Yang Jisheng is a Chinese journalist and author of Tombstone, the most comprehensive account of the Great Chinese Famine. The book is currently banned in China.
Yang joined the Communist Party in 1964 and joined Xinhua News Agency after graduating from Tsinghua University in 1966. Although he continued working for Xinhua until his retirement in 2001, he spent much of the later part of his tenure researching Tombstone after becoming disillusioned with the Party after the Tiananmen Square Massacre of 1989.
He is also the author of Political Struggle in Reform China (2004), based on his personal records spanning more than a decade of reporting for Xinhua, including the contents of three discussions he had with Zhao Ziyang while the ousted premier was under house arrest.
Yang is a Fellow of China Media Project, a China media watching initiative of the Journalism and Media Studies Centre at the University of Hong Kong.
Why I write
Writing is pleasant, it’s fun. Also, it’s a very noble thing; although today writing is no longer what we used to call ‘ming shan shi ye’ (an author’s works destined for posterity), but I still feel it’s a noble calling.
Do you write every day? If so, how many hours?
Thinking every day, reading every day, but not writing every day.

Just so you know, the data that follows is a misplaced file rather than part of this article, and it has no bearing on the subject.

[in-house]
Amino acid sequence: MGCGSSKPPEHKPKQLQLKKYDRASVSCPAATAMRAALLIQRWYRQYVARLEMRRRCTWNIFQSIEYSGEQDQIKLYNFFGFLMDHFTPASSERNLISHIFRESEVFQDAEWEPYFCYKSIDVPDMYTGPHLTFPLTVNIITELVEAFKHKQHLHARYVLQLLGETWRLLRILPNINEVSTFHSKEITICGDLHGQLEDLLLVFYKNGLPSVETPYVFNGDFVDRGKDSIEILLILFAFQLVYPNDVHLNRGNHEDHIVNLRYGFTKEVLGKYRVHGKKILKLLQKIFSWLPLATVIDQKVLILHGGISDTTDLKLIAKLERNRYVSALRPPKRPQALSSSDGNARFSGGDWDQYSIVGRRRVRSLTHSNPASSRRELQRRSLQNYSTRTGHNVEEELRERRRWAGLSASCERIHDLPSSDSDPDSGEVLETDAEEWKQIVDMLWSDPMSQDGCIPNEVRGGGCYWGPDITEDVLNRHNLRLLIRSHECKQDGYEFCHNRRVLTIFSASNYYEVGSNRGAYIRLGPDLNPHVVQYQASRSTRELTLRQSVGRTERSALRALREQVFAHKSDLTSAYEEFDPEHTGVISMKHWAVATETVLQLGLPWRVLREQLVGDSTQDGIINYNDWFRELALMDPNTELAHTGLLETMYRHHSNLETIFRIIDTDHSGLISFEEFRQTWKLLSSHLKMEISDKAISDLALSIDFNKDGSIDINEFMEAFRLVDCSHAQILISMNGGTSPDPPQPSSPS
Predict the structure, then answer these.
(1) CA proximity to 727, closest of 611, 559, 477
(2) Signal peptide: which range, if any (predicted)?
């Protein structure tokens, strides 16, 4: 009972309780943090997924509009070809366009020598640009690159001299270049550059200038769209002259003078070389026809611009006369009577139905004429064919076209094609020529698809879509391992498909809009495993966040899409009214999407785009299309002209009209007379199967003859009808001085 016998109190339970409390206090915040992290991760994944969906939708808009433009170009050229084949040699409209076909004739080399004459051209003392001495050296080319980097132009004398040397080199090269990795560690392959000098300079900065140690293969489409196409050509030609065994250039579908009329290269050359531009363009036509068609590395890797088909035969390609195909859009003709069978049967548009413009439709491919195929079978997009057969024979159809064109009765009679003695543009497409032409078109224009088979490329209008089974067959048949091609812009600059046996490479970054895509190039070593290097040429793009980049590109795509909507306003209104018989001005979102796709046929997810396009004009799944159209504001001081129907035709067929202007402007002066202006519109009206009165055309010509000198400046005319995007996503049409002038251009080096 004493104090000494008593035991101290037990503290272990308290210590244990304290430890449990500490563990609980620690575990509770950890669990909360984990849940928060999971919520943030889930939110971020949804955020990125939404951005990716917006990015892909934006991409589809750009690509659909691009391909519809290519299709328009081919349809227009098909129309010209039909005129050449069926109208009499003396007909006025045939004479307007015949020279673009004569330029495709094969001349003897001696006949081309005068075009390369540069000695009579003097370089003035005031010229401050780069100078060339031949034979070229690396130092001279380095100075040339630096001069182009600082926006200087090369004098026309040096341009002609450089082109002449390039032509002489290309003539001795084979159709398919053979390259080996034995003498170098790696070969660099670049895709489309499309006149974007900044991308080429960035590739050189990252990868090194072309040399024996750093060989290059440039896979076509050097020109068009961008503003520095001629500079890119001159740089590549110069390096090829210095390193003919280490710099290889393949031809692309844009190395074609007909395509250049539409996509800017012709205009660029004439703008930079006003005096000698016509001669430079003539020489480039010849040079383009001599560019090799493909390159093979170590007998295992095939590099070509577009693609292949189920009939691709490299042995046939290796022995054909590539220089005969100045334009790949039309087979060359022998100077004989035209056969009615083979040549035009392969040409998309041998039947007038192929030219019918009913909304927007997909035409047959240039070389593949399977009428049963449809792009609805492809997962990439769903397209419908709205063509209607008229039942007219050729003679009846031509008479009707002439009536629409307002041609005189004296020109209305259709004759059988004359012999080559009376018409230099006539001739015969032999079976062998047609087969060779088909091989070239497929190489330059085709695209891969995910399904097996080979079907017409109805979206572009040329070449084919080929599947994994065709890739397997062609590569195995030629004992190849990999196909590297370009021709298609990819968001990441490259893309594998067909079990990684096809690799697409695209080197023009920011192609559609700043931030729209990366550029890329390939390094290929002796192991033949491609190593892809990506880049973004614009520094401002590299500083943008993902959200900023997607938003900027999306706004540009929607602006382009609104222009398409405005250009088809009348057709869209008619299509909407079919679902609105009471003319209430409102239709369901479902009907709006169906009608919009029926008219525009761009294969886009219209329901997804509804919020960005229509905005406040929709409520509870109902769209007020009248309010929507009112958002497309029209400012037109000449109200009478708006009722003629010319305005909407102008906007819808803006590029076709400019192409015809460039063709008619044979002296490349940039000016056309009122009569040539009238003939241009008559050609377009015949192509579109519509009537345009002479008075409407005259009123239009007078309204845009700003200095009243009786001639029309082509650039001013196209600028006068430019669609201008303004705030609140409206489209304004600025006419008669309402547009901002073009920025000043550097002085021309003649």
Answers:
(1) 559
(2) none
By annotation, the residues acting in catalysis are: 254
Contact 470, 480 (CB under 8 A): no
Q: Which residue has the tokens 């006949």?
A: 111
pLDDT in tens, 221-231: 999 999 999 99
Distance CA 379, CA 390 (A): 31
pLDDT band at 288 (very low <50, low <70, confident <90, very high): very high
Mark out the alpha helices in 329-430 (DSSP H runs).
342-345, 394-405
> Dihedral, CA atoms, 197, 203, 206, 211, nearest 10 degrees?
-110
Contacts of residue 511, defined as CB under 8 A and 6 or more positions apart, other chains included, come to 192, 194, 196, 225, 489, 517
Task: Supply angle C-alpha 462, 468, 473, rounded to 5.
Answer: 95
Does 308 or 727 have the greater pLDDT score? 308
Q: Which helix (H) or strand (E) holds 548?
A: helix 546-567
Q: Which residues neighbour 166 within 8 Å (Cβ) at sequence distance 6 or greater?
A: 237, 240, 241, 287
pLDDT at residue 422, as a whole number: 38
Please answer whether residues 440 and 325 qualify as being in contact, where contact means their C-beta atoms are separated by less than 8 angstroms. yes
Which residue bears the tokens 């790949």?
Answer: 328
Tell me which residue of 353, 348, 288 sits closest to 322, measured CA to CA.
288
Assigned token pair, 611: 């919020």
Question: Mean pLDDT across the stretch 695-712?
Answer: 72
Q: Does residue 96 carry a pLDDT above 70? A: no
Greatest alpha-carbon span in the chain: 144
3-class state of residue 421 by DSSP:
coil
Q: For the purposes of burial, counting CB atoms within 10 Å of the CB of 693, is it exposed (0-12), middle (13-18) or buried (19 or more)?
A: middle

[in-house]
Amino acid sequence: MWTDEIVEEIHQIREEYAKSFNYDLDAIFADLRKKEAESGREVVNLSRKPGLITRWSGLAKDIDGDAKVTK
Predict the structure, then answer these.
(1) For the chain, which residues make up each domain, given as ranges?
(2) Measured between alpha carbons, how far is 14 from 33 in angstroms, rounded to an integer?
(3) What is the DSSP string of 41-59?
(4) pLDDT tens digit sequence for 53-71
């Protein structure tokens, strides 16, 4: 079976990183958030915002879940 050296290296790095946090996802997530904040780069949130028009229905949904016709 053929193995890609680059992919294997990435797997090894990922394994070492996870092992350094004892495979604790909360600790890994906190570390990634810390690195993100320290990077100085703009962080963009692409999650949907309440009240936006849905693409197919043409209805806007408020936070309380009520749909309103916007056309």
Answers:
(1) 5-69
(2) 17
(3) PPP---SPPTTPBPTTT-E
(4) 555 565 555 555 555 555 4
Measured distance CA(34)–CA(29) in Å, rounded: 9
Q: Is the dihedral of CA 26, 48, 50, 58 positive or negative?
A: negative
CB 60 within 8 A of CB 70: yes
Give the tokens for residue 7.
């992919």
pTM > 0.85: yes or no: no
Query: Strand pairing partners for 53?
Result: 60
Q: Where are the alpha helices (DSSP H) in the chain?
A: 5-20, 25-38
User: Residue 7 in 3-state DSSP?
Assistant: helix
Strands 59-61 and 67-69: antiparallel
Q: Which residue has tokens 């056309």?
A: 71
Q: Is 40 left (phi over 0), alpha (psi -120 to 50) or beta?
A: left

Worst source of distraction?
Other work. I used to work for Xinhua News before I retired. Now I work for Yanhuang Chunqiu magazine.
Best source of inspiration?
Attention to society; social issues prompt me to write. And I get inspired from meetings, friends, reading, from which I get all sorts of insights and imagination.
How often do you get writer’s block / doubt your own ability?
If you get writer’s block it means you do not thoroughly understanding the topic you’re writing about; your writing conditions have not been fully prepared. So stop the pen, continue to study, investigate and think. If you are truly sure about your topic and have all the required information available then your writing will have both rich content and a smooth style.
Contemporary writer in any medium who you never miss?
Hayek’s The Road to Serfdom, Popper’s The Open Society and Its Enemies, and Zhang Hanshu’s Xiyang Zhengzhi Sixiang Shi (The History of Western Political Thought).
Favorite Chinese writer?
Hu Shi’s works and essays, Tang Degang’s Wanqing Qishi Nian (The Last 70 Years of the Late Qing), and works by Yu Yingshi, which talk about Chinese culture, as well as the works by Lu Xun, Lin Yutang, Gu Zhun and it’s also worth taking a look at Li Shenzhi’s later works.
Best book about China?
Difficult to say. A few books before the reform were good, but most were for singing praises, distorting history, political preaching and the interpretation of policies. I read a lot during that time, but now feel it was not terribly valuable. I haven’t read much by writers after the reform. Some novels are good, like Chen Zhongshi’s White Deer Plain and Li Peifu’s Yang Di Men.
I like historical works and literary works with rich history, content and depth, as well as works on politics and sociology.
Hu Shi, Lu Xun, Gu Zhun.
The book you should have read but haven’t?
Recently, I want to read MacFarquhar’s Mao’s Last Revolution because I need to know more about the Cultural Revolution. Also, works on the French Revolution.